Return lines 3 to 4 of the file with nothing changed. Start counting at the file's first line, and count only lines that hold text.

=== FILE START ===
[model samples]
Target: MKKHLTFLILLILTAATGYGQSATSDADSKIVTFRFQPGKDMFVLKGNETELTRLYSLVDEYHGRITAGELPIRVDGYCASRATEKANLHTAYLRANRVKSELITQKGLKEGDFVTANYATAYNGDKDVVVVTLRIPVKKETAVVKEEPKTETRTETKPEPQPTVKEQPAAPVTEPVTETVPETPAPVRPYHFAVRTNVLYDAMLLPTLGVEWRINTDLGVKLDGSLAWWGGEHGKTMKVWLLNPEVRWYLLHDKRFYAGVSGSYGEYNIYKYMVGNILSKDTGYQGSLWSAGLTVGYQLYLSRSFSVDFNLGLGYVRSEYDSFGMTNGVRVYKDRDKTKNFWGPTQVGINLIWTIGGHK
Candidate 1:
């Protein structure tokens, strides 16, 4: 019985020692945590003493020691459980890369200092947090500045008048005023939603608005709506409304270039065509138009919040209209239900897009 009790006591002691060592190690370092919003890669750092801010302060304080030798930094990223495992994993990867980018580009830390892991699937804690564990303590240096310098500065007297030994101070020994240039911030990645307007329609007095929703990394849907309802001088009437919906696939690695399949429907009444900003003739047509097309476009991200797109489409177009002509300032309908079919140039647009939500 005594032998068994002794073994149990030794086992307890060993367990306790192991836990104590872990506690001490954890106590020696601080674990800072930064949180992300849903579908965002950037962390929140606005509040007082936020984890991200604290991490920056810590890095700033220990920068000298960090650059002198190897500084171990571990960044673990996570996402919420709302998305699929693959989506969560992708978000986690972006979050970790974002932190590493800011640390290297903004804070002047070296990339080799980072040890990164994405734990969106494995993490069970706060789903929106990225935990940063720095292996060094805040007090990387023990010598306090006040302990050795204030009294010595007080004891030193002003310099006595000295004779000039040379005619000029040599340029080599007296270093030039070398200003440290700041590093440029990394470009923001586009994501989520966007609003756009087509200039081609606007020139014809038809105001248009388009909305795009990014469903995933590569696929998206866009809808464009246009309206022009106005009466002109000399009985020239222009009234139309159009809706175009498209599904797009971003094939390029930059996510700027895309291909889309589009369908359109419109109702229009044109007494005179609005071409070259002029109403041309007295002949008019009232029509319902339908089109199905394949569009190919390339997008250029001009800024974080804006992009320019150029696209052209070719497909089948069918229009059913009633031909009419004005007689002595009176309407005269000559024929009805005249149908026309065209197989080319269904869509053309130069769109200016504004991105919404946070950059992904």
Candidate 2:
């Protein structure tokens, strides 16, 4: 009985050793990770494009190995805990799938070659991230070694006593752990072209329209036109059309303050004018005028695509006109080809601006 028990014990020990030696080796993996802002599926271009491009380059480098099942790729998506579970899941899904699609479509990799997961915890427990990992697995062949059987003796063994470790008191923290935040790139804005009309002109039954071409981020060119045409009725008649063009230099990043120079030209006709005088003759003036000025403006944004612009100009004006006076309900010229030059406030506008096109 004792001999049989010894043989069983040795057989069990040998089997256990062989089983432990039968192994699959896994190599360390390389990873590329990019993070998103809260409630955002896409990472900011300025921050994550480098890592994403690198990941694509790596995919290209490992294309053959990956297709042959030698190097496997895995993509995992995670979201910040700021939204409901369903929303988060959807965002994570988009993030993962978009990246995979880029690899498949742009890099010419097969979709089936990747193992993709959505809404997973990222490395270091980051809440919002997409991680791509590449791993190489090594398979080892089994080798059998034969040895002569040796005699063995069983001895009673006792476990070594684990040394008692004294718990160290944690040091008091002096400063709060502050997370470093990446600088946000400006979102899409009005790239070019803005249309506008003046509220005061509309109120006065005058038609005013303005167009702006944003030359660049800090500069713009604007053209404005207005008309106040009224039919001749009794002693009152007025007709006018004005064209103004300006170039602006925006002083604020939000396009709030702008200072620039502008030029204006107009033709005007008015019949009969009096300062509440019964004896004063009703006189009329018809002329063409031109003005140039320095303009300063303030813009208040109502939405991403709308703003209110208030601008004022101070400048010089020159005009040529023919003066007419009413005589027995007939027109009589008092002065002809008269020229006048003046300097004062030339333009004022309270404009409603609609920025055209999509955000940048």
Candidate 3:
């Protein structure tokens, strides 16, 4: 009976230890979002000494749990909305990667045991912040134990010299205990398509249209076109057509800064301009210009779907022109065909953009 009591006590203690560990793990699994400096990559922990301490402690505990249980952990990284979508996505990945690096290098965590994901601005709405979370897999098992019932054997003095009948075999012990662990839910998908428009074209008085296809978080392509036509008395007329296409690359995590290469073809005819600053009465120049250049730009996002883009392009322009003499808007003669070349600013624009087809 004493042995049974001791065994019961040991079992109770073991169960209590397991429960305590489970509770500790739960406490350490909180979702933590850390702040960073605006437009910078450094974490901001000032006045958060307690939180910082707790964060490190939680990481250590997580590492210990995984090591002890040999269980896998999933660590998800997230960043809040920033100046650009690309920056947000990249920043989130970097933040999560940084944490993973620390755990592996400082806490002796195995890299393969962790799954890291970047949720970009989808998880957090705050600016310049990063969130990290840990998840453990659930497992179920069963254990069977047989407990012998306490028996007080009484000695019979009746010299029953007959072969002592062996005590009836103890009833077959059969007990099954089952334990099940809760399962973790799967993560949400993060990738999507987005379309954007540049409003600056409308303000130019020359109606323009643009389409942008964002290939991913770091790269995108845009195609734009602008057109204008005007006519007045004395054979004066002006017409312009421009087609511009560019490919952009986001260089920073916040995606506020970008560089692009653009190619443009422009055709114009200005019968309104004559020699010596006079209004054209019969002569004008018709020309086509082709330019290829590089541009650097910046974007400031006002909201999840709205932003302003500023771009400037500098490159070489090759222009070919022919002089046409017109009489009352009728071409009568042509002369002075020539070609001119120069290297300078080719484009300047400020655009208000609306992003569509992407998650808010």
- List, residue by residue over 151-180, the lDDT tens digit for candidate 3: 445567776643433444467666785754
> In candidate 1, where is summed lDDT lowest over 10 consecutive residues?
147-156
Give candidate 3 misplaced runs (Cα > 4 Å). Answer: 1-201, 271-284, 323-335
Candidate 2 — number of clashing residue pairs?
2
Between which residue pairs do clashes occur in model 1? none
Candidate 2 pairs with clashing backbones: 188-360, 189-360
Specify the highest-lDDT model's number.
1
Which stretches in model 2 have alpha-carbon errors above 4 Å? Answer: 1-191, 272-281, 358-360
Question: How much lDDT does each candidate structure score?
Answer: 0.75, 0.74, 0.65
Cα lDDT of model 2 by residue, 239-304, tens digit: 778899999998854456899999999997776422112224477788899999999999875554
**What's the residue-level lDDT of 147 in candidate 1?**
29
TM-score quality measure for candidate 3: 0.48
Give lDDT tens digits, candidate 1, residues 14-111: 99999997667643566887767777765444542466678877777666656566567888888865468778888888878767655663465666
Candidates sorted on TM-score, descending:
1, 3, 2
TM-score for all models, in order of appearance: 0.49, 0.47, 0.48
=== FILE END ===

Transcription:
Candidate 1:
């Protein structure tokens, strides 16, 4: 019985020692945590003493020691459980890369200092947090500045008048005023939603608005709506409304270039065509138009919040209209239900897009 009790006591002691060592190690370092919003890669750092801010302060304080030798930094990223495992994993990867980018580009830390892991699937804690564990303590240096310098500065007297030994101070020994240039911030990645307007329609007095929703990394849907309802001088009437919906696939690695399949429907009444900003003739047509097309476009991200797109489409177009002509300032309908079919140039647009939500 005594032998068994002794073994149990030794086992307890060993367990306790192991836990104590872990506690001490954890106590020696601080674990800072930064949180992300849903579908965002950037962390929140606005509040007082936020984890991200604290991490920056810590890095700033220990920068000298960090650059002198190897500084171990571990960044673990996570996402919420709302998305699929693959989506969560992708978000986690972006979050970790974002932190590493800011640390290297903004804070002047070296990339080799980072040890990164994405734990969106494995993490069970706060789903929106990225935990940063720095292996060094805040007090990387023990010598306090006040302990050795204030009294010595007080004891030193002003310099006595000295004779000039040379005619000029040599340029080599007296270093030039070398200003440290700041590093440029990394470009923001586009994501989520966007609003756009087509200039081609606007020139014809038809105001248009388009909305795009990014469903995933590569696929998206866009809808464009246009309206022009106005009466002109000399009985020239222009009234139309159009809706175009498209599904797009971003094939390029930059996510700027895309291909889309589009369908359109419109109702229009044109007494005179609005071409070259002029109403041309007295002949008019009232029509319902339908089109199905394949569009190919390339997008250029001009800024974080804006992009320019150029696209052209070719497909089948069918229009059913009633031909009419004005007689002595009176309407005269000559024929009805005249149908026309065209197989080319269904869509053309130069769109200016504004991105919404946070950059992904």